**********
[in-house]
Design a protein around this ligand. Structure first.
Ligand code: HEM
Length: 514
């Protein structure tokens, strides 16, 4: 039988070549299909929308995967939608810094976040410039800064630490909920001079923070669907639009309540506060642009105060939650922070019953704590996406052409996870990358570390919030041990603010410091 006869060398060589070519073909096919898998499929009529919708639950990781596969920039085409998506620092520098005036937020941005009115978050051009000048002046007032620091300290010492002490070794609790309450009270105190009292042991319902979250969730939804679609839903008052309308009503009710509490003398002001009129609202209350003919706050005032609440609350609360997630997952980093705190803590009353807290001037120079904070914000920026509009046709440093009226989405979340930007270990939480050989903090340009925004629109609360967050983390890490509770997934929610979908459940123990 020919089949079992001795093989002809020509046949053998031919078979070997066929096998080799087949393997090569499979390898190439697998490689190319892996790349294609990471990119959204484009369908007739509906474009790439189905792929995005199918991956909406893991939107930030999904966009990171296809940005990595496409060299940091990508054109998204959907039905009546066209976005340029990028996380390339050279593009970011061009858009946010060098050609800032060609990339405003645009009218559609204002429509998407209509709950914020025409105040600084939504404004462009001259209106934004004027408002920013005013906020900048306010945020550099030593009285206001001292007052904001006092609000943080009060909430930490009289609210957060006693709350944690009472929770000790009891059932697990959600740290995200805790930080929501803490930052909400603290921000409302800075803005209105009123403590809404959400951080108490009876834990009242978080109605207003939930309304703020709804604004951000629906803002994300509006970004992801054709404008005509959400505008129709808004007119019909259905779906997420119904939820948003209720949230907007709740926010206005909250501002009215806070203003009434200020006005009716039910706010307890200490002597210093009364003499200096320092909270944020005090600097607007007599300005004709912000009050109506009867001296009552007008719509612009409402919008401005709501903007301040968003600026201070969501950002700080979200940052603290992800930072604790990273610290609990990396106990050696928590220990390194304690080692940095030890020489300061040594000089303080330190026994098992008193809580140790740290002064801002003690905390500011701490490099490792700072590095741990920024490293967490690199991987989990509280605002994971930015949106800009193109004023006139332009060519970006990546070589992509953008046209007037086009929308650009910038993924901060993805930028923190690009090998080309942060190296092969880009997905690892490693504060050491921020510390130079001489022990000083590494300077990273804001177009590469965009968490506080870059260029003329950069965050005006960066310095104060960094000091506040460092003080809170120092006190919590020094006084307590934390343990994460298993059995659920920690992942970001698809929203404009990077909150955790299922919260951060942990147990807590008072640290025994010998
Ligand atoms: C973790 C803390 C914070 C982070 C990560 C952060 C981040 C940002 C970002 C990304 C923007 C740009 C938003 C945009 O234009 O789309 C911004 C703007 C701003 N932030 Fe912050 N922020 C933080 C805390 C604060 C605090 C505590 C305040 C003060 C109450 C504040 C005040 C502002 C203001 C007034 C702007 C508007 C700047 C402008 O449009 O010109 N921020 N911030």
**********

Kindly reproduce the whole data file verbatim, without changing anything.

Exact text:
[in-house]
Design a protein around this ligand. Structure first.
Ligand code: HEM
Length: 514
């Protein structure tokens, strides 16, 4: 039988070549299909929308995967939608810094976040410039800064630490909920001079923070669907639009309540506060642009105060939650922070019953704590996406052409996870990358570390919030041990603010410091 006869060398060589070519073909096919898998499929009529919708639950990781596969920039085409998506620092520098005036937020941005009115978050051009000048002046007032620091300290010492002490070794609790309450009270105190009292042991319902979250969730939804679609839903008052309308009503009710509490003398002001009129609202209350003919706050005032609440609350609360997630997952980093705190803590009353807290001037120079904070914000920026509009046709440093009226989405979340930007270990939480050989903090340009925004629109609360967050983390890490509770997934929610979908459940123990 020919089949079992001795093989002809020509046949053998031919078979070997066929096998080799087949393997090569499979390898190439697998490689190319892996790349294609990471990119959204484009369908007739509906474009790439189905792929995005199918991956909406893991939107930030999904966009990171296809940005990595496409060299940091990508054109998204959907039905009546066209976005340029990028996380390339050279593009970011061009858009946010060098050609800032060609990339405003645009009218559609204002429509998407209509709950914020025409105040600084939504404004462009001259209106934004004027408002920013005013906020900048306010945020550099030593009285206001001292007052904001006092609000943080009060909430930490009289609210957060006693709350944690009472929770000790009891059932697990959600740290995200805790930080929501803490930052909400603290921000409302800075803005209105009123403590809404959400951080108490009876834990009242978080109605207003939930309304703020709804604004951000629906803002994300509006970004992801054709404008005509959400505008129709808004007119019909259905779906997420119904939820948003209720949230907007709740926010206005909250501002009215806070203003009434200020006005009716039910706010307890200490002597210093009364003499200096320092909270944020005090600097607007007599300005004709912000009050109506009867001296009552007008719509612009409402919008401005709501903007301040968003600026201070969501950002700080979200940052603290992800930072604790990273610290609990990396106990050696928590220990390194304690080692940095030890020489300061040594000089303080330190026994098992008193809580140790740290002064801002003690905390500011701490490099490792700072590095741990920024490293967490690199991987989990509280605002994971930015949106800009193109004023006139332009060519970006990546070589992509953008046209007037086009929308650009910038993924901060993805930028923190690009090998080309942060190296092969880009997905690892490693504060050491921020510390130079001489022990000083590494300077990273804001177009590469965009968490506080870059260029003329950069965050005006960066310095104060960094000091506040460092003080809170120092006190919590020094006084307590934390343990994460298993059995659920920690992942970001698809929203404009990077909150955790299922919260951060942990147990807590008072640290025994010998
Ligand atoms: C973790 C803390 C914070 C982070 C990560 C952060 C981040 C940002 C970002 C990304 C923007 C740009 C938003 C945009 O234009 O789309 C911004 C703007 C701003 N932030 Fe912050 N922020 C933080 C805390 C604060 C605090 C505590 C305040 C003060 C109450 C504040 C005040 C502002 C203001 C007034 C702007 C508007 C700047 C402008 O449009 O010109 N921020 N911030």